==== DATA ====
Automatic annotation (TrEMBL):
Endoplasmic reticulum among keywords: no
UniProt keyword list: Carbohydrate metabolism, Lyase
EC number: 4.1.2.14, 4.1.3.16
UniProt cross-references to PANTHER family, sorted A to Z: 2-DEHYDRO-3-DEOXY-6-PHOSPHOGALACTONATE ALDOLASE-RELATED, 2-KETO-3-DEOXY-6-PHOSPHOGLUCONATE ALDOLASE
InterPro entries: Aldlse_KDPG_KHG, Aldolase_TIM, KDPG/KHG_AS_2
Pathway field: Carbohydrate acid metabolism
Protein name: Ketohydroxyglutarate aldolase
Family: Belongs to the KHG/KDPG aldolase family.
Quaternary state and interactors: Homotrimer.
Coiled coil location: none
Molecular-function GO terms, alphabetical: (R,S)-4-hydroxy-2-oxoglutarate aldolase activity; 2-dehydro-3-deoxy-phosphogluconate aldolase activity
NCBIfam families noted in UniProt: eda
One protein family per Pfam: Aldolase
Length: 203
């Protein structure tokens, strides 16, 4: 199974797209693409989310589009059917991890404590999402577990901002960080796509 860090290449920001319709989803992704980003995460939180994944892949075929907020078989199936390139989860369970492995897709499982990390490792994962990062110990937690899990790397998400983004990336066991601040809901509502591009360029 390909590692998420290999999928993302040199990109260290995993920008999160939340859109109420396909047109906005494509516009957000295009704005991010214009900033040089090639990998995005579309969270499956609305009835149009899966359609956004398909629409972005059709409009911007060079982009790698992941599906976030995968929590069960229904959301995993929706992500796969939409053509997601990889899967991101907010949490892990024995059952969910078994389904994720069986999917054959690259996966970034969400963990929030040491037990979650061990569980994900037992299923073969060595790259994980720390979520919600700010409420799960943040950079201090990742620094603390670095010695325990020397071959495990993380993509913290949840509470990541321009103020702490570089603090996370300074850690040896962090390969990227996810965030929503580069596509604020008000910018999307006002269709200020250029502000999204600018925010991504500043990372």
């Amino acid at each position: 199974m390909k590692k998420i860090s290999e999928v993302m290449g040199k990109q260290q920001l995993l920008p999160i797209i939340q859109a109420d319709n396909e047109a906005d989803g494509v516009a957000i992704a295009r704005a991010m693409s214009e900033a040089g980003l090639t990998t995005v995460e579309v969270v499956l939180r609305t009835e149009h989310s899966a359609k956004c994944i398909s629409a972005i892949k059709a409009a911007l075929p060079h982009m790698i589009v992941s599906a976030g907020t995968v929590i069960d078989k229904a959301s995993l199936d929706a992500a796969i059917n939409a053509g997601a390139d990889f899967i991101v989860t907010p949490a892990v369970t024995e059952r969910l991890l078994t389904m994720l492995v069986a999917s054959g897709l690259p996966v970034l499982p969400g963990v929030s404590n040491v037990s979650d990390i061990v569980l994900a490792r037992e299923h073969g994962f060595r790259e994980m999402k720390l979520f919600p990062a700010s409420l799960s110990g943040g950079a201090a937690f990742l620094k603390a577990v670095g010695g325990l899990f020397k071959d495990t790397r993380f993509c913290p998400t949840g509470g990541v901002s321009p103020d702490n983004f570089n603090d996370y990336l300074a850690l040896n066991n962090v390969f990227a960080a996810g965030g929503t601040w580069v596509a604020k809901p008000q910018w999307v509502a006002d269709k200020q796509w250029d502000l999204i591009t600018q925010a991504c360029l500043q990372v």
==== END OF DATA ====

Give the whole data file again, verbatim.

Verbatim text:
Automatic annotation (TrEMBL):
Endoplasmic reticulum among keywords: no
UniProt keyword list: Carbohydrate metabolism, Lyase
EC number: 4.1.2.14, 4.1.3.16
UniProt cross-references to PANTHER family, sorted A to Z: 2-DEHYDRO-3-DEOXY-6-PHOSPHOGALACTONATE ALDOLASE-RELATED, 2-KETO-3-DEOXY-6-PHOSPHOGLUCONATE ALDOLASE
InterPro entries: Aldlse_KDPG_KHG, Aldolase_TIM, KDPG/KHG_AS_2
Pathway field: Carbohydrate acid metabolism
Protein name: Ketohydroxyglutarate aldolase
Family: Belongs to the KHG/KDPG aldolase family.
Quaternary state and interactors: Homotrimer.
Coiled coil location: none
Molecular-function GO terms, alphabetical: (R,S)-4-hydroxy-2-oxoglutarate aldolase activity; 2-dehydro-3-deoxy-phosphogluconate aldolase activity
NCBIfam families noted in UniProt: eda
One protein family per Pfam: Aldolase
Length: 203
């Protein structure tokens, strides 16, 4: 199974797209693409989310589009059917991890404590999402577990901002960080796509 860090290449920001319709989803992704980003995460939180994944892949075929907020078989199936390139989860369970492995897709499982990390490792994962990062110990937690899990790397998400983004990336066991601040809901509502591009360029 390909590692998420290999999928993302040199990109260290995993920008999160939340859109109420396909047109906005494509516009957000295009704005991010214009900033040089090639990998995005579309969270499956609305009835149009899966359609956004398909629409972005059709409009911007060079982009790698992941599906976030995968929590069960229904959301995993929706992500796969939409053509997601990889899967991101907010949490892990024995059952969910078994389904994720069986999917054959690259996966970034969400963990929030040491037990979650061990569980994900037992299923073969060595790259994980720390979520919600700010409420799960943040950079201090990742620094603390670095010695325990020397071959495990993380993509913290949840509470990541321009103020702490570089603090996370300074850690040896962090390969990227996810965030929503580069596509604020008000910018999307006002269709200020250029502000999204600018925010991504500043990372």
């Amino acid at each position: 199974m390909k590692k998420i860090s290999e999928v993302m290449g040199k990109q260290q920001l995993l920008p999160i797209i939340q859109a109420d319709n396909e047109a906005d989803g494509v516009a957000i992704a295009r704005a991010m693409s214009e900033a040089g980003l090639t990998t995005v995460e579309v969270v499956l939180r609305t009835e149009h989310s899966a359609k956004c994944i398909s629409a972005i892949k059709a409009a911007l075929p060079h982009m790698i589009v992941s599906a976030g907020t995968v929590i069960d078989k229904a959301s995993l199936d929706a992500a796969i059917n939409a053509g997601a390139d990889f899967i991101v989860t907010p949490a892990v369970t024995e059952r969910l991890l078994t389904m994720l492995v069986a999917s054959g897709l690259p996966v970034l499982p969400g963990v929030s404590n040491v037990s979650d990390i061990v569980l994900a490792r037992e299923h073969g994962f060595r790259e994980m999402k720390l979520f919600p990062a700010s409420l799960s110990g943040g950079a201090a937690f990742l620094k603390a577990v670095g010695g325990l899990f020397k071959d495990t790397r993380f993509c913290p998400t949840g509470g990541v901002s321009p103020d702490n983004f570089n603090d996370y990336l300074a850690l040896n066991n962090v390969f990227a960080a996810g965030g929503t601040w580069v596509a604020k809901p008000q910018w999307v509502a006002d269709k200020q796509w250029d502000l999204i591009t600018q925010a991504c360029l500043q990372v």